I believe we all need a good way to tune out distractions. Distractions keep us from focusing on things that really matter. I think it really matters to enjoy music and not be distracted by such questions as:
- Am I going to blow my speakers by using the bass knob?
- Is it shameful for me to like it loud?
- Did I buy good enough equipment to gain approval of my peers?
This little knob gets a fair amount of hate, and I believe it’s unjustified in many cases.
Consider this. We listen to music, the news, podcasts and such in a variety of places with a wide range of distracting ambient noises at different levels of intensity. If you consider yourself a person who values high fidelity, or accurate playback, you probably value a very balanced, “true”, sound whether you have ever thought about it or not.
It is both satisfying and reassuring to know that both trained and untrained listeners recognize and prefer accurate loudspeakers…
Audio Musings by Sean Olive –
If you’re really savvy, you might know what this graph represents. If not, click or touch the image to read the linked article by Steve Feinstein at InMusic Inc.
This image is one possible way to represent a bass limited speaker with excellent frequency response. It’s a very limited amount of information, but that’s a topic for future articles.
This is derived with instruments such as a computer, a software package, and a microphone. This is unlike how our two ears and a brain hear and perceive sounds.
Next we have a different frequency response graph that is more closely illustrating what is widely accepted as an enjoyable balance of sound in a moving car. Remember that a moving car has distracting background sounds. Much of the background sound is at low frequencies(10-160 Hz), and the masking effects mean we need more bass than midrange and treble. Interestingly, there are applications of sound masking that can be beneficial.
What in the world am I supposed to do with THAT data?
In a moving vehicle you need to get the bass right. Full, rich, deep – this is the lingo of good bass.
Why Would You Not Want The Bass Turned UP?
A: It takes away from the way the artist intended the music to sound.
Truth: At best we are hearing some variation of an IMITATION of a single performance of the music. Your music collection could indeed have a more truthful, accurate sound and we also need to have the structure of aural memories plus “How to Listen” in mind to make that judgement.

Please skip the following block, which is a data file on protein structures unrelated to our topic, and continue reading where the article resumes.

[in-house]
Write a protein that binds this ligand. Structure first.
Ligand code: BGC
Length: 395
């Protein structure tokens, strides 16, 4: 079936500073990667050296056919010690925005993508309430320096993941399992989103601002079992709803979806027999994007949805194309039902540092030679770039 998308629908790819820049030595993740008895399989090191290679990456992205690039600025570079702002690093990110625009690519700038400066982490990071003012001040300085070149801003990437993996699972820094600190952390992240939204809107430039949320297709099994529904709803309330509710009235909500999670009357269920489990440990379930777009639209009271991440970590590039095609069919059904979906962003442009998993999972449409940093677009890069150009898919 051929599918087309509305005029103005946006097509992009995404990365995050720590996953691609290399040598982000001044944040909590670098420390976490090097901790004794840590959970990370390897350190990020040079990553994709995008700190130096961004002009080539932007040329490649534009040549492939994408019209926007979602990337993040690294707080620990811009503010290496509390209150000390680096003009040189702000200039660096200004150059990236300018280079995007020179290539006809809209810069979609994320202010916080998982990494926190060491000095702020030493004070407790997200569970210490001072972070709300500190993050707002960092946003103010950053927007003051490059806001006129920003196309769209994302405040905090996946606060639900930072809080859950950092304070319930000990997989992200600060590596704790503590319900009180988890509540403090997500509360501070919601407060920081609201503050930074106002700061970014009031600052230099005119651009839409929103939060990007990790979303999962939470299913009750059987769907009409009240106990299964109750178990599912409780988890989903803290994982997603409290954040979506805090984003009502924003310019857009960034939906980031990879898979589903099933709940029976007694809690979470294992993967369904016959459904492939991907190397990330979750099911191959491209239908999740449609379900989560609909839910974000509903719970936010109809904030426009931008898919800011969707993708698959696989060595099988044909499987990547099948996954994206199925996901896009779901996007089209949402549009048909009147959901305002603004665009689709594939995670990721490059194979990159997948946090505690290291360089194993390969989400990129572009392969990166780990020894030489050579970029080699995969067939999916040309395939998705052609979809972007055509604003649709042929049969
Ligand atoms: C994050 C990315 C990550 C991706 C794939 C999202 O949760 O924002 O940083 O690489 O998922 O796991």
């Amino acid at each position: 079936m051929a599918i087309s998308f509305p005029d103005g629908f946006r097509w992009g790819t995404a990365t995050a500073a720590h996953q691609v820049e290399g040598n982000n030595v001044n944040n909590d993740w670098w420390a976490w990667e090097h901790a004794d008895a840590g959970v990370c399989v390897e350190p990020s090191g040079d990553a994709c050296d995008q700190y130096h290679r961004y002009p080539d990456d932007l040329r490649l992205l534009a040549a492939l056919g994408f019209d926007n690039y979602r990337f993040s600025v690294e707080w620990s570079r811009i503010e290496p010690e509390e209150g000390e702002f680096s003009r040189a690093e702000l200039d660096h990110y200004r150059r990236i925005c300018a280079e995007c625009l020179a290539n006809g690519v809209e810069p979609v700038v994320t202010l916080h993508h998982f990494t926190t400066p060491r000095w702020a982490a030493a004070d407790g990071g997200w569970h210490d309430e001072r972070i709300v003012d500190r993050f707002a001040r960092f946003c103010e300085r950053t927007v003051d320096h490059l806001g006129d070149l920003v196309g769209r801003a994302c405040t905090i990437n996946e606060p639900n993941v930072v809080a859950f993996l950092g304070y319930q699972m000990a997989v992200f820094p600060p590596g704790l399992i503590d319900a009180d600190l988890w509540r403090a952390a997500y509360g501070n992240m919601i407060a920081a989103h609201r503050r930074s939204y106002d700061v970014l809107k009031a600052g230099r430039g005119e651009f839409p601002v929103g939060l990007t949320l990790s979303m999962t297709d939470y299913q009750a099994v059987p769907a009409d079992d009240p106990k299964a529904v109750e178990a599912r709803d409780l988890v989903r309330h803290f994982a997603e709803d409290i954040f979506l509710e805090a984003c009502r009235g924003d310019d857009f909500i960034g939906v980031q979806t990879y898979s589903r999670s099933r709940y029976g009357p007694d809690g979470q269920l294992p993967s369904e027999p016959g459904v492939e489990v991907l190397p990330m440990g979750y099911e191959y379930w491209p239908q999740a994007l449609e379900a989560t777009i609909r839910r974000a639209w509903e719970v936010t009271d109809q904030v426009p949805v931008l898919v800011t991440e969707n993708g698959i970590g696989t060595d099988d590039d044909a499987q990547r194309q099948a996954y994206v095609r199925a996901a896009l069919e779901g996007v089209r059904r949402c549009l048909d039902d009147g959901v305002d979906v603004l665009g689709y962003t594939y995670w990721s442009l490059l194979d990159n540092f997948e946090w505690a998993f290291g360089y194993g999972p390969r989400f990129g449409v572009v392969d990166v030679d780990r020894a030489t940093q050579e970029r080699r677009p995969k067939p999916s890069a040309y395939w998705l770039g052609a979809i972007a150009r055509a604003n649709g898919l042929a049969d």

I turn up the bass but I hear distortion, rattles, vibrations(any 1 or a combination of the insults).
Other than damaged or defective speakers, which is very common, a very irritating insult to our enjoyment of music in the vehicle is often caused by rattles and vibrations happening in response to acoustic energy.
In other words, it’s time to get busy with sound damping.
Follow along with a journey of learning and exploring various sound damping(aka deadening) techniques which were done in the name of improving comfort and to better enjoy the MUSIC.
I added a subwoofer and I’m NOT going to risk blowing it.
Oh yeah, I’m with you on that one. Almost everyone knows at least one person who has had a speaker, or an amplifier, let the magic smoke out.
The amount of bass in your program material is a constantly changing target.
Look at how many videos come up on YouTube for the search string “how to get the bass right in your mix”. The point is this is just one step in the process of getting the artist’s creative content from an idea to your ears, and there is someone’s skill and decision making at play, not to mention the equipment in use.
Do Not Be Shy About Adjusting the Bass Controls
If you don’t trust that your sound system is up to the task of getting the bass to your satisfaction it’s a fine time to ask yourself, “Why am I hesitating to correct this?”.
Take some time to dig in to the articles and videos linked throughout this article. If you’ve gotten a lot of value from this please subscribe to the e-mail list. Please share this article.